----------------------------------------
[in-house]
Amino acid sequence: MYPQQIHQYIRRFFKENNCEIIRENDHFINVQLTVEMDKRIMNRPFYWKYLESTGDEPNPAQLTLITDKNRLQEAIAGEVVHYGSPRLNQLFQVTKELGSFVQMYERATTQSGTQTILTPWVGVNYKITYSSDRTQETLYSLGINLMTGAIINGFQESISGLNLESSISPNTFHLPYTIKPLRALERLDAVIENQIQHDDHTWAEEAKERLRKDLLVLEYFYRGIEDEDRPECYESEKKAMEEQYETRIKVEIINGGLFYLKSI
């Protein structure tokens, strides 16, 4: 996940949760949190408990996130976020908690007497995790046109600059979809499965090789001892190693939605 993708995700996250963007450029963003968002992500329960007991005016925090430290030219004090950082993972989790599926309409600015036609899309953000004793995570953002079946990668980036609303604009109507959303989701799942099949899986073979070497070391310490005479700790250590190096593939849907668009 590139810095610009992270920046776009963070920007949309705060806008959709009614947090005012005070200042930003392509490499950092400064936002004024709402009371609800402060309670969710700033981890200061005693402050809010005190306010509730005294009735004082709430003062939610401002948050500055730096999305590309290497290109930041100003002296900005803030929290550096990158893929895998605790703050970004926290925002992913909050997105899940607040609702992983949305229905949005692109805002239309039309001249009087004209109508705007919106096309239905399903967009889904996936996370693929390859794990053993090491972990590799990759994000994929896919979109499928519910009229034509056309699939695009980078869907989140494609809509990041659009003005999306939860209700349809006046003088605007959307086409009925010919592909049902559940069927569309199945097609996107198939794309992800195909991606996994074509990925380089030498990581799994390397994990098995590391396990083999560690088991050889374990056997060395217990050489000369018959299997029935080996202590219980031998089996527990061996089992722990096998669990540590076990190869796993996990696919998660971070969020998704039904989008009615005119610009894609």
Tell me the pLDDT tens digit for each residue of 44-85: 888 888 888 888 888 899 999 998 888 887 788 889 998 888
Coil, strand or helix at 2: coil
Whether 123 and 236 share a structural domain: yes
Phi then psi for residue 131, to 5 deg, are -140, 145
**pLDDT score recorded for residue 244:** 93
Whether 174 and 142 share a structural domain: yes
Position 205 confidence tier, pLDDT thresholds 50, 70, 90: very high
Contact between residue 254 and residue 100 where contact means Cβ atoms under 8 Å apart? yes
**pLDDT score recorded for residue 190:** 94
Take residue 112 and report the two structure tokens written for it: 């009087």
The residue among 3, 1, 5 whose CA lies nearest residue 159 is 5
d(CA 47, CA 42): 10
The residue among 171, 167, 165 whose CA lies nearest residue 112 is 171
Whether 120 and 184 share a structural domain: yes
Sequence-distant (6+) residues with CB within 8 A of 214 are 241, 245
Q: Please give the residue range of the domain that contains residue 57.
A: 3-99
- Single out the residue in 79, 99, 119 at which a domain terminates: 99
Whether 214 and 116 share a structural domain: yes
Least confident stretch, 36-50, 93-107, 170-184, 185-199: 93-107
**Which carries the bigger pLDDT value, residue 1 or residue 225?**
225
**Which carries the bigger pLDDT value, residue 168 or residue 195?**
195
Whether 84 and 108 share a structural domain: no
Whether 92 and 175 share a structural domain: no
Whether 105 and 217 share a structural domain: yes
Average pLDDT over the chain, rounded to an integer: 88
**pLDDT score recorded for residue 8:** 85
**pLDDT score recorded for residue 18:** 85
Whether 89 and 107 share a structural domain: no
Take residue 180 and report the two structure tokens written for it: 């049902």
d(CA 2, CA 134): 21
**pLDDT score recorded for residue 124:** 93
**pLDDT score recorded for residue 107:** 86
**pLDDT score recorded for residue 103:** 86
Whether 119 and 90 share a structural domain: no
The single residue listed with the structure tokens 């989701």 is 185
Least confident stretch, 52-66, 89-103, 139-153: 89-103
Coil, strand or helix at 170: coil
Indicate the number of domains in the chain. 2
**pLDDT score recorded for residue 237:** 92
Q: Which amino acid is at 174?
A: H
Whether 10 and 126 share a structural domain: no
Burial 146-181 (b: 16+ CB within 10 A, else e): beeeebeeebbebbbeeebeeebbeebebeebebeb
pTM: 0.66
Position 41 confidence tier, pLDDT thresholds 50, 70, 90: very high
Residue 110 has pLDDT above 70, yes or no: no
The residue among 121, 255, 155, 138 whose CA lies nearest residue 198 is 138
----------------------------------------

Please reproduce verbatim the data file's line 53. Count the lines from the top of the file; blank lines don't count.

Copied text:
The residue among 121, 255, 155, 138 whose CA lies nearest residue 198 is 138